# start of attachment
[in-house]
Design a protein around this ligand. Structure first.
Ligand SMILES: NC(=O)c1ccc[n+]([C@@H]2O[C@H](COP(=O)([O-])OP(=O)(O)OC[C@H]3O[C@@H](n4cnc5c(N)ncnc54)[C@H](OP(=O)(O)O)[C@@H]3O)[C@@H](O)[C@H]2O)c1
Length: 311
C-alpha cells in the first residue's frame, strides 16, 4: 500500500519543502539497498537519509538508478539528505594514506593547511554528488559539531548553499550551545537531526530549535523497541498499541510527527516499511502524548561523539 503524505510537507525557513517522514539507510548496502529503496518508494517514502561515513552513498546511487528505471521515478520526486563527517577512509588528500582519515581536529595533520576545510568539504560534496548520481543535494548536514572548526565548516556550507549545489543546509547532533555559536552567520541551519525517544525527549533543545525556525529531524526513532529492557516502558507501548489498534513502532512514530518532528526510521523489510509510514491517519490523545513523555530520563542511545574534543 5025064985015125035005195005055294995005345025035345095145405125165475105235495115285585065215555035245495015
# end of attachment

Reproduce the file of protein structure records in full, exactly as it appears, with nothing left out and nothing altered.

[in-house]
Design a protein around this ligand. Structure first.
Ligand SMILES: NC(=O)c1ccc[n+]([C@@H]2O[C@H](COP(=O)([O-])OP(=O)(O)OC[C@H]3O[C@@H](n4cnc5c(N)ncnc54)[C@H](OP(=O)(O)O)[C@@H]3O)[C@@H](O)[C@H]2O)c1
Length: 311
C-alpha cells in the first residue's frame, strides 16, 4: 500500500519543502539497498537519509538508478539528505594514506593547511554528488559539531548553499550551545537531526530549535523497541498499541510527527516499511502524548561523539 503524505510537507525557513517522514539507510548496502529503496518508494517514502561515513552513498546511487528505471521515478520526486563527517577512509588528500582519515581536529595533520576545510568539504560534496548520481543535494548536514572548526565548516556550507549545489543546509547532533555559536552567520541551519525517544525527549533543545525556525529531524526513532529492557516502558507501548489498534513502532512514530518532528526510521523489510509510514491517519490523545513523555530520563542511545574534543 5025064985015125035005195005055294995005345025035345095145405125165475105235495115285585065215555035245495015